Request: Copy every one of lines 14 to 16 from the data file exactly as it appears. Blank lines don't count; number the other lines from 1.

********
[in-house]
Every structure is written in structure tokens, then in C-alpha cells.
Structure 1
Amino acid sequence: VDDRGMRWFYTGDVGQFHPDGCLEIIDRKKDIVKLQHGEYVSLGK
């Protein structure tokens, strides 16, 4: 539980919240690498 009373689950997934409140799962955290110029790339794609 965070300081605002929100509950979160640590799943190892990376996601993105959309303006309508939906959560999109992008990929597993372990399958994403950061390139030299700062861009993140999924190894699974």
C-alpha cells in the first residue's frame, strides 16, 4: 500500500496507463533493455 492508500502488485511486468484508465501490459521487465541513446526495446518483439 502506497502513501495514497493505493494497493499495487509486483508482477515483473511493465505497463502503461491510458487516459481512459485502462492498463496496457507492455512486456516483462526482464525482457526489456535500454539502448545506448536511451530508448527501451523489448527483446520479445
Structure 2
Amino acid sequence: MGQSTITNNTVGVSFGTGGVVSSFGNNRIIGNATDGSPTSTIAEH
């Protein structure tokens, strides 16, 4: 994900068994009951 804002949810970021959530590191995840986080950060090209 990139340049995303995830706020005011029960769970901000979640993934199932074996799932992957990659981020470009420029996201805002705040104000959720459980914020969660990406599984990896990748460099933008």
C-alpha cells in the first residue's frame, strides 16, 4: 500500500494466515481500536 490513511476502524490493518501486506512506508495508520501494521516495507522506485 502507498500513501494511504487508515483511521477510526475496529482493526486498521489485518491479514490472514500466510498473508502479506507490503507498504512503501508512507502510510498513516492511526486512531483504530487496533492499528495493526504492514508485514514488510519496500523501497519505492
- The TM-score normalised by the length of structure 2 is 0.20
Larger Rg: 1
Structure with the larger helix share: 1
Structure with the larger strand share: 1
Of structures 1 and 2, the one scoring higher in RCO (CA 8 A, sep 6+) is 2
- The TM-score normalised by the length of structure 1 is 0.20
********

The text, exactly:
Structure with the larger strand share: 1
Of structures 1 and 2, the one scoring higher in RCO (CA 8 A, sep 6+) is 2
- The TM-score normalised by the length of structure 1 is 0.20